Sentences can be classified in a number of ways—grammatically, rhetorically, functionally, and so on. One visitor to this site asks about grammatical sentence types:
How [do I] tell the difference between Compound, Simple, Complex, Compound-Complex sentences?
Before we can identify these sentence types, we need to understand the following terms:
- A group of words that may have a subject or a verb, but not both. (ex: in the beginning, to grow up, running around the room).
- Dependent Clause:
- A group of words that contains a subject and verb but does not express a complete thought. A dependent clause cannot be a sentence. Dependent clauses are sometimes referred to as subordinate clauses.
- Independent Clause:
- A group of words that contains a subject and verb and expresses a complete thought. An independent clause is a sentence. Independent clauses are sometimes referred to as main clauses.
Here’s a quick rundown of the grammatical sentence types, along with an example or two of each.
The simple sentence has a single subject-verb pair. In other words, it has only one independent clause and no dependent clause. Example 1 below is obviously a simple sentence. Example 2’s single verb gives it away. But what about example 3? Isn’t it too long to be a simple sentence?
- Jesus wept.
- Johnny threw the ball across the street.
- In the early morning, just before the breaking of the dawn, two lonely wanderers stretched their weary limbs and peered out of their makeshift tent.
I italicized the third example’s subject-verb pair so you can see that it really is just a simple sentence. The groups of words that come before the main part of the sentence are prepositional phrases, neither of them having a subject or a verb. Also, while there are two verbs in the independent clause (“stretched” and “peered”), they are both paired up with the same subject.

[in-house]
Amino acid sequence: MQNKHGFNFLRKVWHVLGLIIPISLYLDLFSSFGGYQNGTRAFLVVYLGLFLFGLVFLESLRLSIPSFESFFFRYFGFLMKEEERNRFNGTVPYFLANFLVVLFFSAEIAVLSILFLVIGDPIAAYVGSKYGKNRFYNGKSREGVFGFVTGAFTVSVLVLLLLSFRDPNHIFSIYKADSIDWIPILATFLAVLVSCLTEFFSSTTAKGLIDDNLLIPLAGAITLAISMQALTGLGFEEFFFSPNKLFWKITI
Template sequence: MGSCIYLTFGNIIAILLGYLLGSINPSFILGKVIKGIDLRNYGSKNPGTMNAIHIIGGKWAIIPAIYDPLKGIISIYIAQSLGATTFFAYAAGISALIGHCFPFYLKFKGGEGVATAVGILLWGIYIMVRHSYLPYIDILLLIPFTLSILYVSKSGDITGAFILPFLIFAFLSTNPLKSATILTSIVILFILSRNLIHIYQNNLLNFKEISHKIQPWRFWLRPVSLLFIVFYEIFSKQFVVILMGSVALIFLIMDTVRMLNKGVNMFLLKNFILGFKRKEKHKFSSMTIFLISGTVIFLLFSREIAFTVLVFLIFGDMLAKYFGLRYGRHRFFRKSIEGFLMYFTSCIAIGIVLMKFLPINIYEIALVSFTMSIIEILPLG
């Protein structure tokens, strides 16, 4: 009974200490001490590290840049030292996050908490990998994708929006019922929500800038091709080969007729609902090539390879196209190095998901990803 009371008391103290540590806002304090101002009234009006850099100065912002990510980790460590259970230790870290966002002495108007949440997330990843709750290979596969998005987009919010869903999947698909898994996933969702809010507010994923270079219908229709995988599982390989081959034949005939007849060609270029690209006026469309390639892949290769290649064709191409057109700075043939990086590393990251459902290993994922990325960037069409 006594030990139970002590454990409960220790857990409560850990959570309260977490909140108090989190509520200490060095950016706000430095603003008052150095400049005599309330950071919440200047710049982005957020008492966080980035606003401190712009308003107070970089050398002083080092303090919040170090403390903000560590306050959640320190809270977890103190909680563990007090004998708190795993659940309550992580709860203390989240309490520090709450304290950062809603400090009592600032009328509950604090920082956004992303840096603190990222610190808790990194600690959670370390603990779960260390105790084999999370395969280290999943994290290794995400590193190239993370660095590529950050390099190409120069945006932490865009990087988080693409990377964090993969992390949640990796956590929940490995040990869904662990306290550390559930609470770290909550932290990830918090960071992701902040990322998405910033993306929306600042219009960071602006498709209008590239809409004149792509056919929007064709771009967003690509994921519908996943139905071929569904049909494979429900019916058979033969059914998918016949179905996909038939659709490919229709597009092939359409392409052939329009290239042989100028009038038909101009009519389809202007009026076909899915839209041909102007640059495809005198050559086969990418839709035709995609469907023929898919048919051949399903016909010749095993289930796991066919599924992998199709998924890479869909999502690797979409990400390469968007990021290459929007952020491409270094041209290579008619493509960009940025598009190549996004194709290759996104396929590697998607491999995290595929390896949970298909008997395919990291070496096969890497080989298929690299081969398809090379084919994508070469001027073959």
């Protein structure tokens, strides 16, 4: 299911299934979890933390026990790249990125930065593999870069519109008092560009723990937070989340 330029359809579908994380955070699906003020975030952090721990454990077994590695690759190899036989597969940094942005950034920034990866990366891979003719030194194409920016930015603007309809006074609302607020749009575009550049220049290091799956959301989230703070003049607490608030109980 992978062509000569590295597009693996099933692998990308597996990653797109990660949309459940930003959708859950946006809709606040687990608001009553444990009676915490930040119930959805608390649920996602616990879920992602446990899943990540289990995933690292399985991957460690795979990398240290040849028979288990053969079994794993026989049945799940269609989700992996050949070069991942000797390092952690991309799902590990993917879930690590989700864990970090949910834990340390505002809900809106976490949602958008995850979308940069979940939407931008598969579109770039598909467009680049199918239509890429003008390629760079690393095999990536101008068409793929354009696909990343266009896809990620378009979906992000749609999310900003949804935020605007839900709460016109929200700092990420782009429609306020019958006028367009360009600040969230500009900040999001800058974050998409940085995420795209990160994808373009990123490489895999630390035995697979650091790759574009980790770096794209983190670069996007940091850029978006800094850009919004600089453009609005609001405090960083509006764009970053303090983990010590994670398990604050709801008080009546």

A compound sentence has two or more independent clauses, but it has no dependent clauses. The independent clauses can be joined by a semicolon; they can also be joined by a comma and a coordinating conjunction (and, or nor, for, but, yet, so).
- Fred wanted to play basketball, but he didn’t make the team.
- He would never eat a tomato again, nor would he throw one.
Although a complex sentence has only one independent clause, it may have more than one dependent clauses.
- Nancy was thrilled to receive the shoes that she ordered through the internet.
- I didn’t know what to say when I heard the news.
A compound-complex sentence, which may be the most difficult type to write, has more than one independent clause, and it has at least one dependent clause.
- While Sally washed the dishes, John swept the floor, and James wiped the counters.
- Michael, who has been working on collaborative songwriting through the internet, thinks that the medium shows great promise, but Norah is not so sure about the quality that such an endeavor can produce.
Here’s a little table I whipped together to show you the sentence types at a glance.